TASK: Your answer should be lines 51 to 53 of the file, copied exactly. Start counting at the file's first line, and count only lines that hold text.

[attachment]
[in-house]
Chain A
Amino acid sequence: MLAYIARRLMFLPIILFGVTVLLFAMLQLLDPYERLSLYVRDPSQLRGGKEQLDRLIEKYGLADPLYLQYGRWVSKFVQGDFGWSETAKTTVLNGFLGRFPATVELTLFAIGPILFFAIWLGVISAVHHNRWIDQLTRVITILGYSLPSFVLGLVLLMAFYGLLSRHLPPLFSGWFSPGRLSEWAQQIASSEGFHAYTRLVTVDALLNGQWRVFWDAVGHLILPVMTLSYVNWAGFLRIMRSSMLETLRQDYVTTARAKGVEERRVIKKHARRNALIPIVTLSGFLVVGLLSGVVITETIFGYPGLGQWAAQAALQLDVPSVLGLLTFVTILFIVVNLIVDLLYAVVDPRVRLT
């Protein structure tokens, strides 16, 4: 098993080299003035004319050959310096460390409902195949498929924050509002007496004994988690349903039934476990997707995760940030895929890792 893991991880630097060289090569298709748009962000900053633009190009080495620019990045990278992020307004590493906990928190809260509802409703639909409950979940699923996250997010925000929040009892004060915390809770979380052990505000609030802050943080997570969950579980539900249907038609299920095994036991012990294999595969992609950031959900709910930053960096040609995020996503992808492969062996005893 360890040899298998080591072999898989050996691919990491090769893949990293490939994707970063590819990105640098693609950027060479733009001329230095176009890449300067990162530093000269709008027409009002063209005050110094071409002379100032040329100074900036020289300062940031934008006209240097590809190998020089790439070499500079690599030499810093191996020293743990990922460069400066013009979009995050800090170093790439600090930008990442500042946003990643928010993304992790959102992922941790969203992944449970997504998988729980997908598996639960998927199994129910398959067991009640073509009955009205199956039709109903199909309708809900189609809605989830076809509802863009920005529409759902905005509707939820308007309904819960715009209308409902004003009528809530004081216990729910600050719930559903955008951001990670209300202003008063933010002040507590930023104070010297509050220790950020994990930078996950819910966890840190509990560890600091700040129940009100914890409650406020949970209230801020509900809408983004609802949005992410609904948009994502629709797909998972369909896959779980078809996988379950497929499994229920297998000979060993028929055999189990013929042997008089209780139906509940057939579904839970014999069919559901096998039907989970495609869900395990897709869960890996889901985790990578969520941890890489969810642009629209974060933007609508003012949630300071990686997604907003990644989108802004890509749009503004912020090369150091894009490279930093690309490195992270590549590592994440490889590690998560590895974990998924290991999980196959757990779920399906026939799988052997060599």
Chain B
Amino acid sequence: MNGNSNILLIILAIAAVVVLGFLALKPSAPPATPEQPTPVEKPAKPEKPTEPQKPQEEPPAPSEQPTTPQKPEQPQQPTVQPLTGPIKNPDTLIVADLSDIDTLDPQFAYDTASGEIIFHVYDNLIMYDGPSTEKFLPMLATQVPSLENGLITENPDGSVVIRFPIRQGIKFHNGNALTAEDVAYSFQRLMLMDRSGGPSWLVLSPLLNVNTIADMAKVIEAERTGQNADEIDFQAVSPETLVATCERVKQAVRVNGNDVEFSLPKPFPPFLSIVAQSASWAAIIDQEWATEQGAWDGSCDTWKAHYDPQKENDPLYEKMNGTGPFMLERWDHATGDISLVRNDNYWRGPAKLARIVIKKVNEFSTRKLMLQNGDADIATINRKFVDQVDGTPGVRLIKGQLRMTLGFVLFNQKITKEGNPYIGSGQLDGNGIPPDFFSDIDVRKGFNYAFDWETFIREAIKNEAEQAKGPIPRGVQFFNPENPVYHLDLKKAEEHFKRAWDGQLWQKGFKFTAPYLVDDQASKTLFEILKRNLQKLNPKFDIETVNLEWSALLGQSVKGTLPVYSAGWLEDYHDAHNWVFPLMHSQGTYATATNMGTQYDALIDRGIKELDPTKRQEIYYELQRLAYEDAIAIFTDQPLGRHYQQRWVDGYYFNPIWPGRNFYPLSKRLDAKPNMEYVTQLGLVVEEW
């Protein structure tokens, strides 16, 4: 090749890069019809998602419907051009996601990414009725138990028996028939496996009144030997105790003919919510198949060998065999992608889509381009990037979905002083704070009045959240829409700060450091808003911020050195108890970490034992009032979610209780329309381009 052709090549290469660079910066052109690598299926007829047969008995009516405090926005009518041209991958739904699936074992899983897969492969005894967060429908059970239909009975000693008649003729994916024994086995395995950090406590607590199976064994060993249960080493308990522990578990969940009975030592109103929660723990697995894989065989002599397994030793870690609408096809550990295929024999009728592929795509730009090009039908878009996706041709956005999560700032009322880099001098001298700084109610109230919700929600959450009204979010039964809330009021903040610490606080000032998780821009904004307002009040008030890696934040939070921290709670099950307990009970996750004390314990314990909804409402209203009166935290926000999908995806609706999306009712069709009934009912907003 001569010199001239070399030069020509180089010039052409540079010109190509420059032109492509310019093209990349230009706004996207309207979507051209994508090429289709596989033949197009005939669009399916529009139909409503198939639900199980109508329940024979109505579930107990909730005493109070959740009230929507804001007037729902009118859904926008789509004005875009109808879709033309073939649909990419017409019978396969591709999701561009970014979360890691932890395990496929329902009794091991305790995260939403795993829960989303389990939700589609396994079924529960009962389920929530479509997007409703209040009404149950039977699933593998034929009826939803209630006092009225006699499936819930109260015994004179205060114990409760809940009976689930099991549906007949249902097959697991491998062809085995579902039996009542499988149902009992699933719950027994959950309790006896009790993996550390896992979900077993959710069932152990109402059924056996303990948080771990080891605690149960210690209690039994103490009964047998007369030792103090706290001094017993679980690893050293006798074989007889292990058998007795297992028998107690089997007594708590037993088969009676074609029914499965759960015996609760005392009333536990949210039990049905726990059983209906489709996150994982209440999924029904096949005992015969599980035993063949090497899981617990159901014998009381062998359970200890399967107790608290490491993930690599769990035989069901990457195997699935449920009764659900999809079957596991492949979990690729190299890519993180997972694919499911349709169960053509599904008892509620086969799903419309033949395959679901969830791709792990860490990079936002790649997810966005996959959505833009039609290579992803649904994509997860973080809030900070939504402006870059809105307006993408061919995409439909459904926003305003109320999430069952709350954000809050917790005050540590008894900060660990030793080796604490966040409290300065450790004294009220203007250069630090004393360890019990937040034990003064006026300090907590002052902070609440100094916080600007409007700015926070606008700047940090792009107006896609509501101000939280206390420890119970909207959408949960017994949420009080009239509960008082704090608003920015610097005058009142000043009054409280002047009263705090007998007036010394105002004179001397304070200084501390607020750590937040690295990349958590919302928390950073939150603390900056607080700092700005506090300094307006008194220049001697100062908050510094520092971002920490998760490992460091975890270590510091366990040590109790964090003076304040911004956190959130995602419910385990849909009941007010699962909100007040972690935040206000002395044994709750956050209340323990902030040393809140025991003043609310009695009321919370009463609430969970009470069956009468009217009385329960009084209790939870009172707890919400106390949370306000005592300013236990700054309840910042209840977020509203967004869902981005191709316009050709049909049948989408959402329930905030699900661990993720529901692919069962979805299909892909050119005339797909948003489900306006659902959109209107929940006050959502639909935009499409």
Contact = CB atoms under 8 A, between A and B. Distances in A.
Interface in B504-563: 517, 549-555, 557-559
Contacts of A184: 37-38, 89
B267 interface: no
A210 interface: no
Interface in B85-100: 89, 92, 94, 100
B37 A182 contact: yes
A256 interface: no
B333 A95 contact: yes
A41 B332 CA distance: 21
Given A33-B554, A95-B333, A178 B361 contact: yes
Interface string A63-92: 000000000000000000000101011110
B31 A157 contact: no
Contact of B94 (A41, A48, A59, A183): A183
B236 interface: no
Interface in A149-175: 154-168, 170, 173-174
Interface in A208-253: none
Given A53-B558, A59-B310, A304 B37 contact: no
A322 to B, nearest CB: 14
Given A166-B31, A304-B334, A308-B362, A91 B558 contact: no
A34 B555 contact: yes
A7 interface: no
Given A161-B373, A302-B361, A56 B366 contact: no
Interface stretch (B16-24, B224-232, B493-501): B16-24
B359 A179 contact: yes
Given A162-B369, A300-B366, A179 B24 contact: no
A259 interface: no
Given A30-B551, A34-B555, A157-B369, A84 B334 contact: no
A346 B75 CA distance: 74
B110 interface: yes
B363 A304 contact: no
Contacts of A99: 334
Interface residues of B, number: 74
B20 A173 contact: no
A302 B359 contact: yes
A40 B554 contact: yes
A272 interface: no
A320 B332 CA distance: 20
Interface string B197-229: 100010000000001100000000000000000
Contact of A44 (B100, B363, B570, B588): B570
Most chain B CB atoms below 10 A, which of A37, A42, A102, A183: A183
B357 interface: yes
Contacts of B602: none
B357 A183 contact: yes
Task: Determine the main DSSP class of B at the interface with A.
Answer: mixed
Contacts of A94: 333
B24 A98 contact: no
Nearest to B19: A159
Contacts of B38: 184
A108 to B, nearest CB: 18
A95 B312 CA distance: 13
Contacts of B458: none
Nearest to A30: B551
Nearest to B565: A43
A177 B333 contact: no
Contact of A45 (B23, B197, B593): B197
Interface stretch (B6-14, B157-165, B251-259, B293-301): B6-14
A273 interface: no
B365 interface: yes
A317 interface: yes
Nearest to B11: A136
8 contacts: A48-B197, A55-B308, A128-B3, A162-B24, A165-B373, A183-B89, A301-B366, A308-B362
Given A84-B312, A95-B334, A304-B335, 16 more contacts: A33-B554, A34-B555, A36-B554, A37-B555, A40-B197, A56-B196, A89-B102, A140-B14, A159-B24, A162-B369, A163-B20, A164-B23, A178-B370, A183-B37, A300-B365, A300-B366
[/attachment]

B357 A183 contact: yes
Task: Determine the main DSSP class of B at the interface with A.
Answer: mixed